First Core

After $\rho \mbox{\raisebox{0.3ex}{$>$}\hspace{-1.1em}
\raisebox{-0.7ex}{$\sim$}} \rho_A$, gas is no more isothermal and becomes adiabatic. Between $10^{-13}{\rm g cm^{-3}}\mbox{\raisebox{0.3ex}{$<$}\hspace{-1.1em}
\raisebox{-0.7ex}{$\sim$}} 10^{-9}{\rm g cm^{-3}}$, gas obeys the $\gamma =5/3$ polytropes. Above the density $\rho \mbox{\raisebox{0.3ex}{$>$}\hspace{-1.1em}
\raisebox{-0.7ex}{$\sim$}} \rho_{\rm A}$, the optical depth for the thermal radiation exceeds unity $\tau \mbox{\raisebox{0.3ex}{$>$}\hspace{-1.1em}
\raisebox{-0.7ex}{$\sim$}} 1$ and radiative cooling can not compensate the compressional heating. As long as the temperature is low as $T\mbox{\raisebox{0.3ex}{$<$}\hspace{-1.1em}
\raisebox{-0.7ex}{$\sim$}} 100{\rm K}$, neither rotation nor vibration is excited for H$_2$ molecule. Even H$_2$ gas behaves like single-atom molecule. Thus $\gamma\simeq 5/3$.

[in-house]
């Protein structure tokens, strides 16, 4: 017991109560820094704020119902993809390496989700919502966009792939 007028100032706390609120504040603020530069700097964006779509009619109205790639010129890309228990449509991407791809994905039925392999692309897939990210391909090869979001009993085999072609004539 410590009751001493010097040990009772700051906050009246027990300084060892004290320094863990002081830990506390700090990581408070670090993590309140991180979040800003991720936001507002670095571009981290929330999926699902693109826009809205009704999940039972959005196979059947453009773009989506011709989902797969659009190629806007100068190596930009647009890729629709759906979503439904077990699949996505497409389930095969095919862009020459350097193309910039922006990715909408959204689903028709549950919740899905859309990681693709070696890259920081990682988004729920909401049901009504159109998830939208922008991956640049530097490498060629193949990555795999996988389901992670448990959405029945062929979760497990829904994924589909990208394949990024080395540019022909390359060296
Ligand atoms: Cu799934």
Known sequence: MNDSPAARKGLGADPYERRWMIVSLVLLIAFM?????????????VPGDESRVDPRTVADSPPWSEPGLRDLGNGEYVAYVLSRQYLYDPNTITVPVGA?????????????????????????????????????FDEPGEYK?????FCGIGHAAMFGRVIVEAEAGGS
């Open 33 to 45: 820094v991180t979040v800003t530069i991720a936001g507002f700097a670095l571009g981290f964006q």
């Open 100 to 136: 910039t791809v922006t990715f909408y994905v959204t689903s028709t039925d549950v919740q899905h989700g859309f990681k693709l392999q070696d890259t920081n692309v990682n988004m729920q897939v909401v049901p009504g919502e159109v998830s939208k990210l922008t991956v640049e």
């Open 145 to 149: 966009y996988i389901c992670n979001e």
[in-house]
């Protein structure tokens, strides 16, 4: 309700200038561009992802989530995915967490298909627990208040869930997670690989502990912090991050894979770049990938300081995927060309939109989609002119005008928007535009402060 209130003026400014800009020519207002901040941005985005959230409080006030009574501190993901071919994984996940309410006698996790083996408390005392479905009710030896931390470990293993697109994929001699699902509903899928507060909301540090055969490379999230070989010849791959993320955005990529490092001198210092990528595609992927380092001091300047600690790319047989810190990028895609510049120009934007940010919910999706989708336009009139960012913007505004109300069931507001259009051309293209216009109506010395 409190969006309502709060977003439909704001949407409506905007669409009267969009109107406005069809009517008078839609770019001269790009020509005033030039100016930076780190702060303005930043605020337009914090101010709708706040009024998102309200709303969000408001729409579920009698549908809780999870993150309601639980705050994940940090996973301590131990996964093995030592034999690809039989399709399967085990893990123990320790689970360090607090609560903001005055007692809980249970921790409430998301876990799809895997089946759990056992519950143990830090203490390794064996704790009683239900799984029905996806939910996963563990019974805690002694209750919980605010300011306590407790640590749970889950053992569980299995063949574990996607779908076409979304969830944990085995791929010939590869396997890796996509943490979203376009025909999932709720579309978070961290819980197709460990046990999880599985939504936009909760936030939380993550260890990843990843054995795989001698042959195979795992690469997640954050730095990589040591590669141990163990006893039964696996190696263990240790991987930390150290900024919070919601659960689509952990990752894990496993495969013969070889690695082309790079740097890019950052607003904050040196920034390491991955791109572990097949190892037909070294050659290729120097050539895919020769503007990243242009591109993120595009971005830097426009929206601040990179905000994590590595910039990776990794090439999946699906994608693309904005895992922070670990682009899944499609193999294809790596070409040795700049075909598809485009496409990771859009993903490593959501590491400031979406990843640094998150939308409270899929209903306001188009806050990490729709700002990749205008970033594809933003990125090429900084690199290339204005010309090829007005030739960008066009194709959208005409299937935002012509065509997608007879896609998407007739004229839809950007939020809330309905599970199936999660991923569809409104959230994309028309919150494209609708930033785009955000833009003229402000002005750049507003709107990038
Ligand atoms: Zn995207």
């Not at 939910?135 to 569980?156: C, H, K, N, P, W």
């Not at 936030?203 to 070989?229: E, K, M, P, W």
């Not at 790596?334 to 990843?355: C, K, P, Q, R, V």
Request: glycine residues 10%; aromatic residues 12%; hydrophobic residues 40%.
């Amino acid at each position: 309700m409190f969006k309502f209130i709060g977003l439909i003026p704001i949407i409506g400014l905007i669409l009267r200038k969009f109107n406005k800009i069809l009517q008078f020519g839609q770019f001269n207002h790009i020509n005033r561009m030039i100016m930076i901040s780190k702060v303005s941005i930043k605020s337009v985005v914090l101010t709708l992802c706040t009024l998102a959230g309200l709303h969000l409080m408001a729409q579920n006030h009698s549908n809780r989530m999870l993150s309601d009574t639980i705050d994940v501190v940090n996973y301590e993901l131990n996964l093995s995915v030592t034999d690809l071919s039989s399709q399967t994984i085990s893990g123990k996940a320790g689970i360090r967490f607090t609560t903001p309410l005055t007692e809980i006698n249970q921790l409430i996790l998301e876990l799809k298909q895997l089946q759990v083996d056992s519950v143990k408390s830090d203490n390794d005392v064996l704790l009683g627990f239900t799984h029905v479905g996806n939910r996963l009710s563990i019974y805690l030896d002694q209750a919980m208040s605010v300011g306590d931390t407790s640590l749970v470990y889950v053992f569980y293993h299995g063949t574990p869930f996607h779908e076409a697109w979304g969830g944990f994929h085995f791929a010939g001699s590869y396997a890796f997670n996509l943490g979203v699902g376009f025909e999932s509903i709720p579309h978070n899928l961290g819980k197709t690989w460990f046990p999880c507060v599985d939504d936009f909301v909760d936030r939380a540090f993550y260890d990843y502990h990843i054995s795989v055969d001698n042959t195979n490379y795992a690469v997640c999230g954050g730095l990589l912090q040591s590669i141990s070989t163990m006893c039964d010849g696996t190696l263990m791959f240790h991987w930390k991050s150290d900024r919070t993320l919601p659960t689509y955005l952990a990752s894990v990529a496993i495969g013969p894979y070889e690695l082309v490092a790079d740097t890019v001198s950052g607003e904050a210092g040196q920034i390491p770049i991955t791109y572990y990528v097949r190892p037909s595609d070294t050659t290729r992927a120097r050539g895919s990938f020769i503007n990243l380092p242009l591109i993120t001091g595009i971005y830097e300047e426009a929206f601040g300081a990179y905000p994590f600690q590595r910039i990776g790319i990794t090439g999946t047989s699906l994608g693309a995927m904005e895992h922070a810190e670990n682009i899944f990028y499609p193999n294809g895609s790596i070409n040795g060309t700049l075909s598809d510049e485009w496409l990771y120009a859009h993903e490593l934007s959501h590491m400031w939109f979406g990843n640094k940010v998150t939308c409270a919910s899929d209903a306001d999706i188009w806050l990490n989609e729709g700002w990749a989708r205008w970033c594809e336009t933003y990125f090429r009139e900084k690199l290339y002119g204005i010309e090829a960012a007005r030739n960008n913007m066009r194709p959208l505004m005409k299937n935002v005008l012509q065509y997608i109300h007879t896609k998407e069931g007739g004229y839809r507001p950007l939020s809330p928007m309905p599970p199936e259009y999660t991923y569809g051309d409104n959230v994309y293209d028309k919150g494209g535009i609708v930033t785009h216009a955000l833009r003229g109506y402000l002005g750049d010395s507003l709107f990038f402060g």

Between $10^{-9}{\rm g cm^{-3}}\mbox{\raisebox{0.3ex}{$<$}\hspace{-1.1em}
\raisebox{-0.7ex}{$\sim$}} 10^{-7.5}{\rm g cm^{-3}}$, the exponent becomes $\gamma=7/5$, which characterizes that the gas consists of two-atom molecule ${\rm H}_2$.

In this phase, relatively large gas pressure supports against the gravity and the cloud becomes hydrostatic (points number 4-6 of Figure 4.16). This is called as ``first core'' made by the molecular hydrogen. The density structure of the first core is well represented by a polytrope sphere with the specific heat ratio of $\gamma=7/5$ or the polytropic index $n=2\frac{1}{2}$. From equation (C.11) in Appendix C.1, such a polytrope has a mass-density relation as

M_{c1}\propto \rho_c^{1/10},
\end{displaymath} (4.110)

where $M_{c1}$ and $\rho _c$ represent, respectively, the mass of the first core and the central density. At the beginning, the core mass is equal to $M_{c1}\simeq 0.01M_\odot$. As long as the mass increases a factor 3, the central density increases 5 orders of magnitude.

Kohji Tomisaka 2012-10-03